John Kay was a German-born singer who was playing folk-blues guitar and harmonica at Yorkville’s Half Beat and crashing above the Night Owl in an apartment belonging to Vicky Taylor, Joni Mitchellʼs ex-room-mate. One night in 1965, during an after-hours jam session above the Half Beat, some of the Sparrows came up, heard Kay and joined in. They loved Kayʼs bluesy edge and later suggested he drop by the Devilʼs Den and play some harmonica. The Sparrows then asked Kay to join—but not without a makeover.
According to Jerry Edmonton, Kayʼs hair, for one thing, didnʼt look right. “It was all slicked back. He looked more like James Dean, black hair, greasy and combed back. He was a bit pudgy and was wearing white Leviʼs which I thought was odd. After [he] joined, I took him down to Cy Mann [rival to Lou Myles] for some decent clothes and we washed his hair.”
If The Sparrows gave Kay some fashion tips, Kay, in turn, hipped the band to grass and acid. The real drug connoisseurs, however, were two waitresses—Jutta Maue and Solveigh Schattman. Originally from Germany, Maue and Schattman emigrated to Canada as au pair girls, and both worked at the 71 Club after meeting owner Werner Graeber. In short order, the two moved on to other Yorkville coffee houses, including the Penny Farthing, the Half Beat and the Riverboat, and became the most popular waitresses in the village. Using their tips to buy everything from amyl nitrates to acid and heroin, the pair began hanging out with what Maue admits was a dangerous crowd: “gamblers, older guys from Cabbagetown.” Then Kay met Maue and they started double dating with Schattman and The Sparrowsʼ Nick St. Nicholas (himself a German, born Klaus Karl Kassbaum). For Kay and Maue, still married all these years later, it was the start of a life-long relationship.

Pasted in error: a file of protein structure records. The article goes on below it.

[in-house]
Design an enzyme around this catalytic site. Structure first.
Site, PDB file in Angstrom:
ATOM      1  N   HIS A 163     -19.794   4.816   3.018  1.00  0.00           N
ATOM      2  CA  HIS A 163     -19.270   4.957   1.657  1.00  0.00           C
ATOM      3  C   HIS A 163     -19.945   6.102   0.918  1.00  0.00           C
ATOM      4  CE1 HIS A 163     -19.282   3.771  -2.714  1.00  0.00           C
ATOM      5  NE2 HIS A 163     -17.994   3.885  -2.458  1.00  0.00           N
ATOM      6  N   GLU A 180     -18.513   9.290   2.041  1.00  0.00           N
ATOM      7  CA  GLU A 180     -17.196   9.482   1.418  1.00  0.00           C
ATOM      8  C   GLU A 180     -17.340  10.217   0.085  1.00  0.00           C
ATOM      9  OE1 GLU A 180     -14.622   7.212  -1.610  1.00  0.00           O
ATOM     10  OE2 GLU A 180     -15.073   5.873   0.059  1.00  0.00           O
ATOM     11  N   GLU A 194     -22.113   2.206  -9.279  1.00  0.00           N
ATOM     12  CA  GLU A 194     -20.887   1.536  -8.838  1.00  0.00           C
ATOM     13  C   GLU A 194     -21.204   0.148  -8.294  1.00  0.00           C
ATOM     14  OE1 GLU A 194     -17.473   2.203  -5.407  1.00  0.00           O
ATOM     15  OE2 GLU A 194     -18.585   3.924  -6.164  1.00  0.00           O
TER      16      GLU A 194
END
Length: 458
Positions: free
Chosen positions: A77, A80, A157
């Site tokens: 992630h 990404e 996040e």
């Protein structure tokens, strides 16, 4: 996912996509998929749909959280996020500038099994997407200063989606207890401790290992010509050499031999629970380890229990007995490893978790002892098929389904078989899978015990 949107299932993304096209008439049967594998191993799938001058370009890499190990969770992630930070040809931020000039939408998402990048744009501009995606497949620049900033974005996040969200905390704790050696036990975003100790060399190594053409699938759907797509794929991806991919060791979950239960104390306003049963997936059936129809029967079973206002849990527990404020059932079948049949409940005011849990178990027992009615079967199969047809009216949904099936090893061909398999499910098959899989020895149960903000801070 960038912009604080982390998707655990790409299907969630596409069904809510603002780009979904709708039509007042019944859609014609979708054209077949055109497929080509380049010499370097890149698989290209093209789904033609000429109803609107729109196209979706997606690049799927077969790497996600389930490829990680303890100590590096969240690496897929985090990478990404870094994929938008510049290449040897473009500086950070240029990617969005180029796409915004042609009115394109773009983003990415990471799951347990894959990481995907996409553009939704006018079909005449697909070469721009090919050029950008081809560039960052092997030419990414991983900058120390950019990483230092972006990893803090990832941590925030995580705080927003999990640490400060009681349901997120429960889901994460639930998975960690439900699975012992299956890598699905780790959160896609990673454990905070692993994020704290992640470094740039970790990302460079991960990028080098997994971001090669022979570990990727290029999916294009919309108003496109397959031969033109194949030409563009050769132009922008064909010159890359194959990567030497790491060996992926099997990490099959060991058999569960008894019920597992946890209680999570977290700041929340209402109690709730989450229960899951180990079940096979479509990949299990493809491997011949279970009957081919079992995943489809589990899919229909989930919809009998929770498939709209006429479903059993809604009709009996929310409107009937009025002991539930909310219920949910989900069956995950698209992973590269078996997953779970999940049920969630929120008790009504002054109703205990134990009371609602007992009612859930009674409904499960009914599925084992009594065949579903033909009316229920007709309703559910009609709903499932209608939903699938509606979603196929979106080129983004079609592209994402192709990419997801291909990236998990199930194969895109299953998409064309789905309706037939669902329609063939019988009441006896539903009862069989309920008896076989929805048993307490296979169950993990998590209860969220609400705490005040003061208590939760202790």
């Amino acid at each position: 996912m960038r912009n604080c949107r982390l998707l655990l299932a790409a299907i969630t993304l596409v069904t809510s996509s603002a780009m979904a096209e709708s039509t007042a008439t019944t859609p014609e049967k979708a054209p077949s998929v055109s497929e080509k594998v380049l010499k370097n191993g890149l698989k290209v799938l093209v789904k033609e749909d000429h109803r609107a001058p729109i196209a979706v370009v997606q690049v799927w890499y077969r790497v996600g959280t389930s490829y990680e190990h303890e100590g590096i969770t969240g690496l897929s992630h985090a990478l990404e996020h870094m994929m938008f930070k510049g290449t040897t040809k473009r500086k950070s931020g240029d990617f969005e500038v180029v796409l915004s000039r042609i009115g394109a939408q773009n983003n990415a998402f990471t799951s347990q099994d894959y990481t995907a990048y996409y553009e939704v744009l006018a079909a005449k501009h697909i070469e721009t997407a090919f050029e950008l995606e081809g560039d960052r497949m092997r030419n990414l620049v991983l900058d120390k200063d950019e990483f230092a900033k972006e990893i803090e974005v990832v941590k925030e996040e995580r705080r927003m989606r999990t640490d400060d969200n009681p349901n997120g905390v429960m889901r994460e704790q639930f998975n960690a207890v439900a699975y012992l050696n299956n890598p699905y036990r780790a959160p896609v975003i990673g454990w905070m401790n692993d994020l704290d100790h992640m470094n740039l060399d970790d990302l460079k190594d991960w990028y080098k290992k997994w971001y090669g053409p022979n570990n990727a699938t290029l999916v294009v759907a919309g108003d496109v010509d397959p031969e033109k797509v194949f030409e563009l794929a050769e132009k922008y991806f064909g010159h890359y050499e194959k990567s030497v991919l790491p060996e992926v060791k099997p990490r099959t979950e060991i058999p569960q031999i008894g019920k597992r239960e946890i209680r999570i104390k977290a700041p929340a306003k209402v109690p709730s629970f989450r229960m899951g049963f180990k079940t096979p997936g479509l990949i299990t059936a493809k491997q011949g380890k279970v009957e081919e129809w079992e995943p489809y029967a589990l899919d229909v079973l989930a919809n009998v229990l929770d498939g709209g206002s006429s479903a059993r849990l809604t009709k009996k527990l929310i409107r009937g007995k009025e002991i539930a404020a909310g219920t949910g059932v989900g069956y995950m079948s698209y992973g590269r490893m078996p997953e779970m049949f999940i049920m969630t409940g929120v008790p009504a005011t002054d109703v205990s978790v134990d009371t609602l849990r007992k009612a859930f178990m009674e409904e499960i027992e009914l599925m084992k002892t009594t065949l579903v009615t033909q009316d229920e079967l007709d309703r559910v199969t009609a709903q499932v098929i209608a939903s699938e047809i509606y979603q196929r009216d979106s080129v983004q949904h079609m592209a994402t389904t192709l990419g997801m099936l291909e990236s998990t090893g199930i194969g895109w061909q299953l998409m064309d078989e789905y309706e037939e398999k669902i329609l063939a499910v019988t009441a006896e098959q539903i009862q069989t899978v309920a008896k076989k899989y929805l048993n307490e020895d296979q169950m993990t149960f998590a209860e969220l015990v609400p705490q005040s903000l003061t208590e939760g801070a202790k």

Kay talks about that year in Yorkville as the best time of his life. “It was one of those rare situations where your private and professional lives totally merged. During the week, Yorkville was this isolated oasis of lifestyle and attitude. The Sparrowsʼ gear was set up at the El Patio or Chez Monique, where weʼd rehearse during the day and play at night. And the village was our home. We ate at the Mont Blanc restaurant and when we got the munchies, weʼd go to the Grab Bag, which was sort of a hip 7-11. People lived above stores—it was a real community. And musically, you could check out what everyone else was doing because it was all right there.”
It wasn't long before the Sparrow (they dropped the "s" and made it singular) flew south and found fame as Steppenwolf.
Excerpted from Before the Gold Rush: Flashbacks to the Dawn of the Canadian Sound